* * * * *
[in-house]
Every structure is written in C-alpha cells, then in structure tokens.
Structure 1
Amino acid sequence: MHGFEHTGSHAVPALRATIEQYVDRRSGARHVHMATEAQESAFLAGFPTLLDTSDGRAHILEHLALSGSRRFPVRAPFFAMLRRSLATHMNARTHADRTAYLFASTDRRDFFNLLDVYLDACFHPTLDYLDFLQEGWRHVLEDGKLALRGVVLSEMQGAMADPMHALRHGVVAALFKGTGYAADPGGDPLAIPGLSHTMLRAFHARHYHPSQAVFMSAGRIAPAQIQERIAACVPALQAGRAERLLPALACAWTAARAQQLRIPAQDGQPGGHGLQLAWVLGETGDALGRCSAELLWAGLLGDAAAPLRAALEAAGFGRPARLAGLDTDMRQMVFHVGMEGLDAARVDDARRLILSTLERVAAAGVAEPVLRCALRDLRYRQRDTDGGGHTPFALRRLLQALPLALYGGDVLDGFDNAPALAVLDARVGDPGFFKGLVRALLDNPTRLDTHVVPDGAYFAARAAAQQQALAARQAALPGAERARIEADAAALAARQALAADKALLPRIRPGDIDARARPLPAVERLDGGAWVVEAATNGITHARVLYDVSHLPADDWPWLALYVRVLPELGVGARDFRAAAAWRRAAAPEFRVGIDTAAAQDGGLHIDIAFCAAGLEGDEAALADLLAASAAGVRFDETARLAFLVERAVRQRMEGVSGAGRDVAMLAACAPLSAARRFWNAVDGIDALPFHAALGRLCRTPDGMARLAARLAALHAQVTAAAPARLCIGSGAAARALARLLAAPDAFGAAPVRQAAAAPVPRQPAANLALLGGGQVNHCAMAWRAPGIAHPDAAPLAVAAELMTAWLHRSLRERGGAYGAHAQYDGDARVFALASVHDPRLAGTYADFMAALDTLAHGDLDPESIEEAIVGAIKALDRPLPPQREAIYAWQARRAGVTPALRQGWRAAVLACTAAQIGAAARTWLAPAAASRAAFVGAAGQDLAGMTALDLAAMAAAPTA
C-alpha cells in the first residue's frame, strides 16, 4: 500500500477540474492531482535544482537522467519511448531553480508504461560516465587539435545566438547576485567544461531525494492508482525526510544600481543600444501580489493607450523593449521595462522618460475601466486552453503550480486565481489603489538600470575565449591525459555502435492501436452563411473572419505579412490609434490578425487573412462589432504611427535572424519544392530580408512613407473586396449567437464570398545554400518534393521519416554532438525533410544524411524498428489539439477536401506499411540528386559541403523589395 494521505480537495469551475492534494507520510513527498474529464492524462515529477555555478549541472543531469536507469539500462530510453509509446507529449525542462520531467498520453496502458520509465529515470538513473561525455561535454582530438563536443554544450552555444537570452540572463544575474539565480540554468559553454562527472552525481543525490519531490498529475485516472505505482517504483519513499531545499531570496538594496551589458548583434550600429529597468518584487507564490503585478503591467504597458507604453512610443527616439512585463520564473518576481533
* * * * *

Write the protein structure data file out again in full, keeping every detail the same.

[in-house]
Every structure is written in C-alpha cells, then in structure tokens.
Structure 1
Amino acid sequence: MHGFEHTGSHAVPALRATIEQYVDRRSGARHVHMATEAQESAFLAGFPTLLDTSDGRAHILEHLALSGSRRFPVRAPFFAMLRRSLATHMNARTHADRTAYLFASTDRRDFFNLLDVYLDACFHPTLDYLDFLQEGWRHVLEDGKLALRGVVLSEMQGAMADPMHALRHGVVAALFKGTGYAADPGGDPLAIPGLSHTMLRAFHARHYHPSQAVFMSAGRIAPAQIQERIAACVPALQAGRAERLLPALACAWTAARAQQLRIPAQDGQPGGHGLQLAWVLGETGDALGRCSAELLWAGLLGDAAAPLRAALEAAGFGRPARLAGLDTDMRQMVFHVGMEGLDAARVDDARRLILSTLERVAAAGVAEPVLRCALRDLRYRQRDTDGGGHTPFALRRLLQALPLALYGGDVLDGFDNAPALAVLDARVGDPGFFKGLVRALLDNPTRLDTHVVPDGAYFAARAAAQQQALAARQAALPGAERARIEADAAALAARQALAADKALLPRIRPGDIDARARPLPAVERLDGGAWVVEAATNGITHARVLYDVSHLPADDWPWLALYVRVLPELGVGARDFRAAAAWRRAAAPEFRVGIDTAAAQDGGLHIDIAFCAAGLEGDEAALADLLAASAAGVRFDETARLAFLVERAVRQRMEGVSGAGRDVAMLAACAPLSAARRFWNAVDGIDALPFHAALGRLCRTPDGMARLAARLAALHAQVTAAAPARLCIGSGAAARALARLLAAPDAFGAAPVRQAAAAPVPRQPAANLALLGGGQVNHCAMAWRAPGIAHPDAAPLAVAAELMTAWLHRSLRERGGAYGAHAQYDGDARVFALASVHDPRLAGTYADFMAALDTLAHGDLDPESIEEAIVGAIKALDRPLPPQREAIYAWQARRAGVTPALRQGWRAAVLACTAAQIGAAARTWLAPAAASRAAFVGAAGQDLAGMTALDLAAMAAAPTA
C-alpha cells in the first residue's frame, strides 16, 4: 500500500477540474492531482535544482537522467519511448531553480508504461560516465587539435545566438547576485567544461531525494492508482525526510544600481543600444501580489493607450523593449521595462522618460475601466486552453503550480486565481489603489538600470575565449591525459555502435492501436452563411473572419505579412490609434490578425487573412462589432504611427535572424519544392530580408512613407473586396449567437464570398545554400518534393521519416554532438525533410544524411524498428489539439477536401506499411540528386559541403523589395 494521505480537495469551475492534494507520510513527498474529464492524462515529477555555478549541472543531469536507469539500462530510453509509446507529449525542462520531467498520453496502458520509465529515470538513473561525455561535454582530438563536443554544450552555444537570452540572463544575474539565480540554468559553454562527472552525481543525490519531490498529475485516472505505482517504483519513499531545499531570496538594496551589458548583434550600429529597468518584487507564490503585478503591467504597458507604453512610443527616439512585463520564473518576481533